DevSecOps methodologies to improve the robustness of your organization’s cloud infrastructure.
As you are most likely already aware, in our modern times digital security becomes ever more important. As we are transforming the way we conduct business, our organizations hold ever more data, and are increasingly liable for protecting that data. In Europe, failing to report a data breach can cost an organization up to 4% of its annual revenue!
A modern cloud infrastructure can be attacked from many angles: subtly via malware in the supply chain, noisy using a DDOS attack on your website or sneaky using credential phising techniques. This is why it is important to foster a culture of security hygiene, so that potential security issues are detected very early on in the process. In DevSecOps terminology this is called “shifting left”.
At Gluo, we researched a set of tools that help enable a classic CI/CD setup to enforce DevSecOps best practices, which help you improve security already at the development phase, instead of fixing security issues in production (potentially impacting operations). This is what is called the “shift left principle”. During the project we focused on security at three different stages: during development, during deployment and in runtime.
Security during development
Traditionally, developers strive “to make things work”. Unfortunately, because of time constraints and business pressure, it happens that security issues go unnoticed. That is why we have investigated a few innovative tools to enforce security in the CI/CD process, so that developers are alerted during the development, and nudged to immediately fix the issue.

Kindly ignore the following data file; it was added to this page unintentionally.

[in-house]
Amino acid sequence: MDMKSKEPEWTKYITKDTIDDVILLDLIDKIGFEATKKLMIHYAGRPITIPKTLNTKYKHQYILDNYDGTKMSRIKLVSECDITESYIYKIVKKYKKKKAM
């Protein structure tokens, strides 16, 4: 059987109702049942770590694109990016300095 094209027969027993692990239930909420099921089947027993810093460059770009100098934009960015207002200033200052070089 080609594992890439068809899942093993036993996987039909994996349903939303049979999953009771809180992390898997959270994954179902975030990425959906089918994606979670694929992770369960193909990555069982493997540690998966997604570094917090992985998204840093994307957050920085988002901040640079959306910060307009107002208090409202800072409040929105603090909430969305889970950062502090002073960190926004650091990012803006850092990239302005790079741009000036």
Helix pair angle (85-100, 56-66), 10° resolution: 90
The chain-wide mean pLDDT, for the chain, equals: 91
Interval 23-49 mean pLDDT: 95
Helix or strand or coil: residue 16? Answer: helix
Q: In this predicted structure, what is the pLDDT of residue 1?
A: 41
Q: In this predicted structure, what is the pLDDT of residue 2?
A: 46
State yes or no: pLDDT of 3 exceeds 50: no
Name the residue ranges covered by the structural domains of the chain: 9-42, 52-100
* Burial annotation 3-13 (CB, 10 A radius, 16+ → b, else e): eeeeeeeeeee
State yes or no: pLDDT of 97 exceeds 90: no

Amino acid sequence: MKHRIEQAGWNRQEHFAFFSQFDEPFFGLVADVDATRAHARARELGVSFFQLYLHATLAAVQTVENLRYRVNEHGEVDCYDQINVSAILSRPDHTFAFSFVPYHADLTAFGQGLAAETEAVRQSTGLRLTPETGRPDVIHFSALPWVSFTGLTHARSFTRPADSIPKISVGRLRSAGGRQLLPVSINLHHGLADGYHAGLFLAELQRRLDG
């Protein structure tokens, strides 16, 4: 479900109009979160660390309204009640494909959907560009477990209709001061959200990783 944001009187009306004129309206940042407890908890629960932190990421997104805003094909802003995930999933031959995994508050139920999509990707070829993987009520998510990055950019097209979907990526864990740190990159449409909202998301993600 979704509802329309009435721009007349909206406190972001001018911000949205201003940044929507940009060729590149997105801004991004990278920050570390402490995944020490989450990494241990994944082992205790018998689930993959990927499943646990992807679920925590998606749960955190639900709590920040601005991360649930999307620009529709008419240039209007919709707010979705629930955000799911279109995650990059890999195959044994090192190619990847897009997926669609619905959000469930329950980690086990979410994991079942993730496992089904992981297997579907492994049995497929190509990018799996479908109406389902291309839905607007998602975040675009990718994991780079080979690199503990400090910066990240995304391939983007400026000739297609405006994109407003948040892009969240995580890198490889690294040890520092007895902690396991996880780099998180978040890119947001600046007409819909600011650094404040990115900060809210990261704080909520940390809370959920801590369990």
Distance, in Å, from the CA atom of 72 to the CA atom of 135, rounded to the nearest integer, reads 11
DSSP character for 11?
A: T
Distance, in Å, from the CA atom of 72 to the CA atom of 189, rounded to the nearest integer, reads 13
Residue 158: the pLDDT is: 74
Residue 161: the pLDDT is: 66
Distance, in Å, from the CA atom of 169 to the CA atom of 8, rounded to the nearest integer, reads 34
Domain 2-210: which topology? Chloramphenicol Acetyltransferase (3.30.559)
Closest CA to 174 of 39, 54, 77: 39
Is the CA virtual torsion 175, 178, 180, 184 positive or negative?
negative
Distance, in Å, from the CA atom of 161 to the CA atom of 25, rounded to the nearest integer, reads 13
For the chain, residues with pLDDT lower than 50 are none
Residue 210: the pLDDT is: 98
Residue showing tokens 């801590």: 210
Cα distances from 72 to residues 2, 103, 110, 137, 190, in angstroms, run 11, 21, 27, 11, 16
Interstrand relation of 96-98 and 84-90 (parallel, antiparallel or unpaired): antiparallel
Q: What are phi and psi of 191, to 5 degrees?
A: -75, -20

Talisman (https://github.com/thoughtworks/talisman) is software that scans for secrets that might end up in a Git repository. If a developer on your team tries to commit a secret (eg database credentials) to the repository, Talisman will prevent this and inform the developer of its findings.
Of course, a developer could try to skip the check, so we chose to do a second scan when a merge request is opened from feature to development branch!
When code is compiled/packaged as a container, we found that Trivy (https://github.com/aquasecurity/trivy) is a very good tool to scan for vulnerable code dependencies. This way a developer gets feedback on the state of security of his/her new container, and can make sure that it is using only secure and up to date code libraries.